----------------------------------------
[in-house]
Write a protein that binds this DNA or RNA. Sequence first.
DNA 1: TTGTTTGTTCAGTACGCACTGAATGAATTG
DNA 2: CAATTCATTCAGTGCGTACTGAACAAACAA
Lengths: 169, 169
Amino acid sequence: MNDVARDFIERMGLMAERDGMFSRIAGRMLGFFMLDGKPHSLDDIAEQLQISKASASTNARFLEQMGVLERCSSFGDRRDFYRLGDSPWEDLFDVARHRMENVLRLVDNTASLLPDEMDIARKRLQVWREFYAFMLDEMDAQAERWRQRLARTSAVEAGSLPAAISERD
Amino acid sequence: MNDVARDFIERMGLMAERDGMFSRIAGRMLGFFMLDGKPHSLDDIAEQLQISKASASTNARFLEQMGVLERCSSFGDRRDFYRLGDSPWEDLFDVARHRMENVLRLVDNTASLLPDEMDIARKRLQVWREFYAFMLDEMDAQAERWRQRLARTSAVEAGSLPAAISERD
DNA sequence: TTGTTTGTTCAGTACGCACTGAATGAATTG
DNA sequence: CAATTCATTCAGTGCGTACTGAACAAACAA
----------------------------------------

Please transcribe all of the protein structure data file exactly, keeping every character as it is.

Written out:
[in-house]
Write a protein that binds this DNA or RNA. Sequence first.
DNA 1: TTGTTTGTTCAGTACGCACTGAATGAATTG
DNA 2: CAATTCATTCAGTGCGTACTGAACAAACAA
Lengths: 169, 169
Amino acid sequence: MNDVARDFIERMGLMAERDGMFSRIAGRMLGFFMLDGKPHSLDDIAEQLQISKASASTNARFLEQMGVLERCSSFGDRRDFYRLGDSPWEDLFDVARHRMENVLRLVDNTASLLPDEMDIARKRLQVWREFYAFMLDEMDAQAERWRQRLARTSAVEAGSLPAAISERD
Amino acid sequence: MNDVARDFIERMGLMAERDGMFSRIAGRMLGFFMLDGKPHSLDDIAEQLQISKASASTNARFLEQMGVLERCSSFGDRRDFYRLGDSPWEDLFDVARHRMENVLRLVDNTASLLPDEMDIARKRLQVWREFYAFMLDEMDAQAERWRQRLARTSAVEAGSLPAAISERD
DNA sequence: TTGTTTGTTCAGTACGCACTGAATGAATTG
DNA sequence: CAATTCATTCAGTGCGTACTGAACAAACAA